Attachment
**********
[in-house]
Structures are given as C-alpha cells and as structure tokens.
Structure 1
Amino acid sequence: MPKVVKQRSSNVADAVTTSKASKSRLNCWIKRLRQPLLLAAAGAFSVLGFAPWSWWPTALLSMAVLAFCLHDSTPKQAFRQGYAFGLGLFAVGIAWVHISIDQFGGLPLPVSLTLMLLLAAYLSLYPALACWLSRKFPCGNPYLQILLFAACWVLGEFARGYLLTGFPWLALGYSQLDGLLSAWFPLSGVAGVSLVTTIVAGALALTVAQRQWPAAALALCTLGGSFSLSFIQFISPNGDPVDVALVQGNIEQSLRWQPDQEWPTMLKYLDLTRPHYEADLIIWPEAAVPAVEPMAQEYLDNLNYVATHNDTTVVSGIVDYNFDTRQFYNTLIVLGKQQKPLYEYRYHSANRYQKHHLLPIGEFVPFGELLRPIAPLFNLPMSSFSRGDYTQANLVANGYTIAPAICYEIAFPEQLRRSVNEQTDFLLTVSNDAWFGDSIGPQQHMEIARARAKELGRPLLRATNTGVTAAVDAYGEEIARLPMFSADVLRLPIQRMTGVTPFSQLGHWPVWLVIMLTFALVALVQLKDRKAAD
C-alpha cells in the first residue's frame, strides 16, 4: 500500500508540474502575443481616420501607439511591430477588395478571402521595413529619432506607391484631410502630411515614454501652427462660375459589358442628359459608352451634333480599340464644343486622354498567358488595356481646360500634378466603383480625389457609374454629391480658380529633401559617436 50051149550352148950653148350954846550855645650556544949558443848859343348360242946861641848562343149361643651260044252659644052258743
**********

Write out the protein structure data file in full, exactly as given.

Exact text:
[in-house]
Structures are given as C-alpha cells and as structure tokens.
Structure 1
Amino acid sequence: MPKVVKQRSSNVADAVTTSKASKSRLNCWIKRLRQPLLLAAAGAFSVLGFAPWSWWPTALLSMAVLAFCLHDSTPKQAFRQGYAFGLGLFAVGIAWVHISIDQFGGLPLPVSLTLMLLLAAYLSLYPALACWLSRKFPCGNPYLQILLFAACWVLGEFARGYLLTGFPWLALGYSQLDGLLSAWFPLSGVAGVSLVTTIVAGALALTVAQRQWPAAALALCTLGGSFSLSFIQFISPNGDPVDVALVQGNIEQSLRWQPDQEWPTMLKYLDLTRPHYEADLIIWPEAAVPAVEPMAQEYLDNLNYVATHNDTTVVSGIVDYNFDTRQFYNTLIVLGKQQKPLYEYRYHSANRYQKHHLLPIGEFVPFGELLRPIAPLFNLPMSSFSRGDYTQANLVANGYTIAPAICYEIAFPEQLRRSVNEQTDFLLTVSNDAWFGDSIGPQQHMEIARARAKELGRPLLRATNTGVTAAVDAYGEEIARLPMFSADVLRLPIQRMTGVTPFSQLGHWPVWLVIMLTFALVALVQLKDRKAAD
C-alpha cells in the first residue's frame, strides 16, 4: 500500500508540474502575443481616420501607439511591430477588395478571402521595413529619432506607391484631410502630411515614454501652427462660375459589358442628359459608352451634333480599340464644343486622354498567358488595356481646360500634378466603383480625389457609374454629391480658380529633401559617436 50051149550352148950653148350954846550855645650556544949558443848859343348360242946861641848562343149361643651260044252659644052258743